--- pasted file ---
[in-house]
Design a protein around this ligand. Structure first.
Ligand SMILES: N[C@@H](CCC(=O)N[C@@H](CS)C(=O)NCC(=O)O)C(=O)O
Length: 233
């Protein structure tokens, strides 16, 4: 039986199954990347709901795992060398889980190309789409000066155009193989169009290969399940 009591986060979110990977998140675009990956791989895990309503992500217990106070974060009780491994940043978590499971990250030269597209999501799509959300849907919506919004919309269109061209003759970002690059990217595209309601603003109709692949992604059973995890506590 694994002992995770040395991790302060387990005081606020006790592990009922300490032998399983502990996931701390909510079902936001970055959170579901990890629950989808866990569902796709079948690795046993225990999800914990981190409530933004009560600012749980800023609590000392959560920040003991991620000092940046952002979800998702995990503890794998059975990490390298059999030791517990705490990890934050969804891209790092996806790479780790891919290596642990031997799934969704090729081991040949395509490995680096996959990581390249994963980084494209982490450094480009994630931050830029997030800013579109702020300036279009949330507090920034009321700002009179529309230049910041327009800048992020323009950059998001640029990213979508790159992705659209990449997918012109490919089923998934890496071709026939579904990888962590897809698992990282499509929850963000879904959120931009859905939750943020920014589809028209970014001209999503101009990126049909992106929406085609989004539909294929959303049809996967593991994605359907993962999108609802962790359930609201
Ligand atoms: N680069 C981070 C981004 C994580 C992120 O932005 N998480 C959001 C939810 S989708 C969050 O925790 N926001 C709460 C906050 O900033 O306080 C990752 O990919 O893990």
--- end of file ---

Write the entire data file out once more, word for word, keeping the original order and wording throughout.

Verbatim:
[in-house]
Design a protein around this ligand. Structure first.
Ligand SMILES: N[C@@H](CCC(=O)N[C@@H](CS)C(=O)NCC(=O)O)C(=O)O
Length: 233
């Protein structure tokens, strides 16, 4: 039986199954990347709901795992060398889980190309789409000066155009193989169009290969399940 009591986060979110990977998140675009990956791989895990309503992500217990106070974060009780491994940043978590499971990250030269597209999501799509959300849907919506919004919309269109061209003759970002690059990217595209309601603003109709692949992604059973995890506590 694994002992995770040395991790302060387990005081606020006790592990009922300490032998399983502990996931701390909510079902936001970055959170579901990890629950989808866990569902796709079948690795046993225990999800914990981190409530933004009560600012749980800023609590000392959560920040003991991620000092940046952002979800998702995990503890794998059975990490390298059999030791517990705490990890934050969804891209790092996806790479780790891919290596642990031997799934969704090729081991040949395509490995680096996959990581390249994963980084494209982490450094480009994630931050830029997030800013579109702020300036279009949330507090920034009321700002009179529309230049910041327009800048992020323009950059998001640029990213979508790159992705659209990449997918012109490919089923998934890496071709026939579904990888962590897809698992990282499509929850963000879904959120931009859905939750943020920014589809028209970014001209999503101009990126049909992106929406085609989004539909294929959303049809996967593991994605359907993962999108609802962790359930609201
Ligand atoms: N680069 C981070 C981004 C994580 C992120 O932005 N998480 C959001 C939810 S989708 C969050 O925790 N926001 C709460 C906050 O900033 O306080 C990752 O990919 O893990």